Tonawanda News — Stone was now faced with the decision of whether or not to have surgery to repair the ligament.
He said he was told that surgery would repair the damage, but the knee wouldn’t be as strong as it used to be. Not having surgery would take longer to heal, but it would grow back as strong as ever, he said.
And if he didn’t have surgery, he could theoretically play before the end of the season.
It was not a decision lightly made; the doctors told him there would be a risk of tearing the ligament further – although they said he could play.
Stone’s parents also gave their permission for him to play, so Truilizio decided to see how the rehab went.
“The parents were on board with the decision, and I certainly wasn’t going to bypass their wishes,” Truilizio said.
So after intensive physical therapy and acquiring a durable brace, Stone was able to rejoin the team.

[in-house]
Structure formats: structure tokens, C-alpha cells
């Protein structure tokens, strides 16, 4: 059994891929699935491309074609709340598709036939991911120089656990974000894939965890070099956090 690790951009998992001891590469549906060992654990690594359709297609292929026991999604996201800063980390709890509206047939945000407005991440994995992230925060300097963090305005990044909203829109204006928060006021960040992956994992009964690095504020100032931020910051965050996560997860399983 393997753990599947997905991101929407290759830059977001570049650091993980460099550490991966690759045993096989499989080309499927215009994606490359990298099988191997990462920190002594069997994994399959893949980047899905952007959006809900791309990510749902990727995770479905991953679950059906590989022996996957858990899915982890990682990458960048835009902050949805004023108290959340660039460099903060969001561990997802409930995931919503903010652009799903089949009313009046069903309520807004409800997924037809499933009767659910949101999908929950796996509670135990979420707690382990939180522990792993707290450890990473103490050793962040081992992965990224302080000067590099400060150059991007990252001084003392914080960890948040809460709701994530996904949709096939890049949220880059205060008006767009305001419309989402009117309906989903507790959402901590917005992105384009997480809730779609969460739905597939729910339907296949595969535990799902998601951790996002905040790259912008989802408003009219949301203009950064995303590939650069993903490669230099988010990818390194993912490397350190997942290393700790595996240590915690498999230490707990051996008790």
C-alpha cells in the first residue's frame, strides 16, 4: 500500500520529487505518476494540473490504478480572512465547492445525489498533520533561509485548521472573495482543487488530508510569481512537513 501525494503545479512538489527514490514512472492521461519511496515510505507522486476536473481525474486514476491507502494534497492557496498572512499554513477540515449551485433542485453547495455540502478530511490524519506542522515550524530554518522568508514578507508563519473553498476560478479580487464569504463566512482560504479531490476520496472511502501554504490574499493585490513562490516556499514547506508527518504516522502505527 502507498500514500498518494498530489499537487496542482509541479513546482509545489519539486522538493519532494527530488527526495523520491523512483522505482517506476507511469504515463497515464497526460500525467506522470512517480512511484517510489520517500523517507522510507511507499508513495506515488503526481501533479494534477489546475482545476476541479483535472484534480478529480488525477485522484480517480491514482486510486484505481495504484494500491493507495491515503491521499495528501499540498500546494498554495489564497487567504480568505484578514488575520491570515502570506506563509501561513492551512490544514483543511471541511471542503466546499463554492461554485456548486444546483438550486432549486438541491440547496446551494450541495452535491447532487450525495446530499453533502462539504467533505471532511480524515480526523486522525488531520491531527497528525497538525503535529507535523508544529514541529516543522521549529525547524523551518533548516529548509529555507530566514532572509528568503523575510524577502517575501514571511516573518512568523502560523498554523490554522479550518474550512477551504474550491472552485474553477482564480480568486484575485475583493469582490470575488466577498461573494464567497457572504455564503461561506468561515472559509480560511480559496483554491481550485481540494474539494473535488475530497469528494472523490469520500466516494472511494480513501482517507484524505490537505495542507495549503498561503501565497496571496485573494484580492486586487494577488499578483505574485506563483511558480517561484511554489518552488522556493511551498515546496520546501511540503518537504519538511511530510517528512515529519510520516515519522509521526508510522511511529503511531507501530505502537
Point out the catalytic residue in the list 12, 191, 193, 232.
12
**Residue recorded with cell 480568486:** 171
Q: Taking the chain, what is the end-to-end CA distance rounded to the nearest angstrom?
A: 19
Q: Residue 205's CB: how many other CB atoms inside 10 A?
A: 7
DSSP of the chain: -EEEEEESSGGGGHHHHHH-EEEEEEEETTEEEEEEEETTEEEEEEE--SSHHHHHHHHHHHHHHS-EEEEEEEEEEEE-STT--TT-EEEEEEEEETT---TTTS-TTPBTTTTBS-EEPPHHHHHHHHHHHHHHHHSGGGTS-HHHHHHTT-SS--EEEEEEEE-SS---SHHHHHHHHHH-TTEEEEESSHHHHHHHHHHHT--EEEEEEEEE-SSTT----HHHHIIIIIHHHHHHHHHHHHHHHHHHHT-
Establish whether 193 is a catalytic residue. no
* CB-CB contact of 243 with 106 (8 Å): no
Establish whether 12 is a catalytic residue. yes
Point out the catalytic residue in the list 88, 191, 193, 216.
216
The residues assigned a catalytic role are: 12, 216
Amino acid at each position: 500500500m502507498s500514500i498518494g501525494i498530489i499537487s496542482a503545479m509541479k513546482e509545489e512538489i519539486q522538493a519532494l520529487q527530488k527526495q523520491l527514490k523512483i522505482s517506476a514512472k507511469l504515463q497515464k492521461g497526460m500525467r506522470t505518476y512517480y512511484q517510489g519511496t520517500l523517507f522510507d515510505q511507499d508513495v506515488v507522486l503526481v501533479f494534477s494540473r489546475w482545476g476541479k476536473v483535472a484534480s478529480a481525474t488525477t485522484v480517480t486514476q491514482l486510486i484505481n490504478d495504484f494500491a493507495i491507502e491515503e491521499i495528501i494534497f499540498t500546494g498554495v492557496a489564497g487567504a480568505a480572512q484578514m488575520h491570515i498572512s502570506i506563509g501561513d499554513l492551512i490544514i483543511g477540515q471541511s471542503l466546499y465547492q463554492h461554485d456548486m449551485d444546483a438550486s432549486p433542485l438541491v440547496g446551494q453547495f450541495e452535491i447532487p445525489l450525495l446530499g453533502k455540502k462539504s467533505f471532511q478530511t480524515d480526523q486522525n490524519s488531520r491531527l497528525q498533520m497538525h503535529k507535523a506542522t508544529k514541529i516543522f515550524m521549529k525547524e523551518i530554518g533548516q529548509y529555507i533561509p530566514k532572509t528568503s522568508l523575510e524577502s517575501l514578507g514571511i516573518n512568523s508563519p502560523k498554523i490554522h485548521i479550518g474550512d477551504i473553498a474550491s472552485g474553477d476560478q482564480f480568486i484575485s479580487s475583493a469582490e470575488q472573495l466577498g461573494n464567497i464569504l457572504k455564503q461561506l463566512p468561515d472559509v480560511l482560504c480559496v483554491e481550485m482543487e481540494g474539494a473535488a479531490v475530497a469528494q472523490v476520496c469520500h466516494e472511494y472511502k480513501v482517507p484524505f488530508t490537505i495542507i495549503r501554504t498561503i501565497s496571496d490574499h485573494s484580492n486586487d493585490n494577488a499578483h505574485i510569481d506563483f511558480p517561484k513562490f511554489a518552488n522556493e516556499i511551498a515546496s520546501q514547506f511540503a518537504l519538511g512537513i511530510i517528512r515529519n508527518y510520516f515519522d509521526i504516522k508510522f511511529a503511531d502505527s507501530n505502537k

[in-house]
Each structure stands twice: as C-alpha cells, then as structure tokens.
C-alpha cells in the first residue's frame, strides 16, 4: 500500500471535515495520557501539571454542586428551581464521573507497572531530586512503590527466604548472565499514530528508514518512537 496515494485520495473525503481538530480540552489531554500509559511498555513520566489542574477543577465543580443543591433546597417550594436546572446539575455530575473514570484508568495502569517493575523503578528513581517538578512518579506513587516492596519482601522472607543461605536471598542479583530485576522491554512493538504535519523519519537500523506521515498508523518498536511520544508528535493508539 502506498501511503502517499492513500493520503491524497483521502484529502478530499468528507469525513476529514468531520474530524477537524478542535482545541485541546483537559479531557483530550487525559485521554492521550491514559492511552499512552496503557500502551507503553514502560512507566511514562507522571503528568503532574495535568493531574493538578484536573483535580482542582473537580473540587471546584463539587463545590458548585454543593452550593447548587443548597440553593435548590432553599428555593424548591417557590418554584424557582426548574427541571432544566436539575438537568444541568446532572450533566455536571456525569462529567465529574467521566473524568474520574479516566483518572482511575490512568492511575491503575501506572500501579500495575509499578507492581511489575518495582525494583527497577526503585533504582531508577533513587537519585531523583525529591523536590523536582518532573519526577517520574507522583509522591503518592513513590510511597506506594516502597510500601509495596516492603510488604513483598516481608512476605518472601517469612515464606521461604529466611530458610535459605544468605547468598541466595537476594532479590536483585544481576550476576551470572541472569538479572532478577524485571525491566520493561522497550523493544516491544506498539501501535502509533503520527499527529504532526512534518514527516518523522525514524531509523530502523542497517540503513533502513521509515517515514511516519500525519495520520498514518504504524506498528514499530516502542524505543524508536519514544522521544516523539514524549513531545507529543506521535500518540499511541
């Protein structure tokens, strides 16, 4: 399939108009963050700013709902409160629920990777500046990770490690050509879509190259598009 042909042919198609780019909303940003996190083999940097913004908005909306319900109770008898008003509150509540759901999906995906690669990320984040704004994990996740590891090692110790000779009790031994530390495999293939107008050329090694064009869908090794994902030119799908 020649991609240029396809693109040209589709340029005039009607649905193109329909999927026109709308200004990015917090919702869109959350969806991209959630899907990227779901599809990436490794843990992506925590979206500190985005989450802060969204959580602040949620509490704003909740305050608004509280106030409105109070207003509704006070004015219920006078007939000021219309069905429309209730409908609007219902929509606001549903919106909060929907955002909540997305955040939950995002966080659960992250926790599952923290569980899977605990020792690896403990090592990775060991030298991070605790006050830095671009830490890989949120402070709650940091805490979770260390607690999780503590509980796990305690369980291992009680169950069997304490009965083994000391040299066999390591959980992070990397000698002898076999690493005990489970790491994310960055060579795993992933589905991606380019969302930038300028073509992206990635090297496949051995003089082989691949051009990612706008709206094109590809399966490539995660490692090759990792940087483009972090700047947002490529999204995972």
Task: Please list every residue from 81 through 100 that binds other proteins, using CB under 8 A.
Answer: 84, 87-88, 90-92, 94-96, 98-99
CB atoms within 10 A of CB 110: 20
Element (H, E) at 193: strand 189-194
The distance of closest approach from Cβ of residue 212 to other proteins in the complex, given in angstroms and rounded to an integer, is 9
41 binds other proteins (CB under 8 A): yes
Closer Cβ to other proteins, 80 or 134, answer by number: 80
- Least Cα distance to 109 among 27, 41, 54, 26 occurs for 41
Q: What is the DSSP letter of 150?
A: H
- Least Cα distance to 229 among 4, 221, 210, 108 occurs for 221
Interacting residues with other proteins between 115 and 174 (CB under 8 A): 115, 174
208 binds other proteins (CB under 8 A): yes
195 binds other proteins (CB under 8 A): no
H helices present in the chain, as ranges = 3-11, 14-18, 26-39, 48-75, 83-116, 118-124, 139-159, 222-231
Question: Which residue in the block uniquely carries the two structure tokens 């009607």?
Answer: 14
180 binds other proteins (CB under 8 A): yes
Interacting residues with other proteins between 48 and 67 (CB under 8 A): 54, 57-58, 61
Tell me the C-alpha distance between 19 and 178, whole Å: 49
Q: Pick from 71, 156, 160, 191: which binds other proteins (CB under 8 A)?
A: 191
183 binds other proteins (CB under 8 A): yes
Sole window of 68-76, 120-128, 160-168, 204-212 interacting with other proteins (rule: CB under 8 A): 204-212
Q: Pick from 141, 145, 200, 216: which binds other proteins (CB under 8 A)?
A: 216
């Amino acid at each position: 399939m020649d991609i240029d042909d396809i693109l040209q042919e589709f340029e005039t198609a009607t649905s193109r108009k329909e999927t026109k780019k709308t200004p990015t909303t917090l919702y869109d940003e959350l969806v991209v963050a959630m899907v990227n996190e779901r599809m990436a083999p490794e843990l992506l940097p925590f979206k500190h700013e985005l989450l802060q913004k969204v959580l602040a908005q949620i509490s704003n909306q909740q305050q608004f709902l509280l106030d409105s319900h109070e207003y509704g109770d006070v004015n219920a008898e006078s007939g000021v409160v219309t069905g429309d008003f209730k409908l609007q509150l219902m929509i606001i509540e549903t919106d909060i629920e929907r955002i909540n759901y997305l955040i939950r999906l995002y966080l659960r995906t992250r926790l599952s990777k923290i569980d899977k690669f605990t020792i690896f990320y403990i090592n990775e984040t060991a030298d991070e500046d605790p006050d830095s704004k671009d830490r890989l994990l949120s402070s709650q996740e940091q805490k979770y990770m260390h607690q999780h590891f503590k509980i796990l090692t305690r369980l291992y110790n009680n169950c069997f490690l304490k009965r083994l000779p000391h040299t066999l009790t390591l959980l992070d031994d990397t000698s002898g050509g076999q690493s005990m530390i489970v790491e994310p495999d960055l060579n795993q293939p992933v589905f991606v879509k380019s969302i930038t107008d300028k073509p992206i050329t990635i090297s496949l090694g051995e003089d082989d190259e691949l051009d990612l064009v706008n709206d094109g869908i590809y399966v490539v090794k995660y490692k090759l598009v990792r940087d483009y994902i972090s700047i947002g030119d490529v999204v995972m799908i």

The Jacks eased him back into the lineup, playing him only on the defensive side of the ball — but he still wound up leading the team in tackles.
“I didn’t know what to expect, or how much he could really do,” said Truilizio, who had a similar injury himself. “We’ve limited his playing time – to rush him back wouldn’t do anyone any good, him most of all. But he’s been more of an asset in every game.”
While he won’t get a shot at the playoffs this year, Stone’s consolation is this weekend’s rivalry game against Tonawanda.
And he relishes the opportunity to play in the game, after fearing that he’d lost that chance.
“It’s good to be back with the team,” Stone said. “Now I can’t wait to get out there — can’t wait to beat Tonawanda.”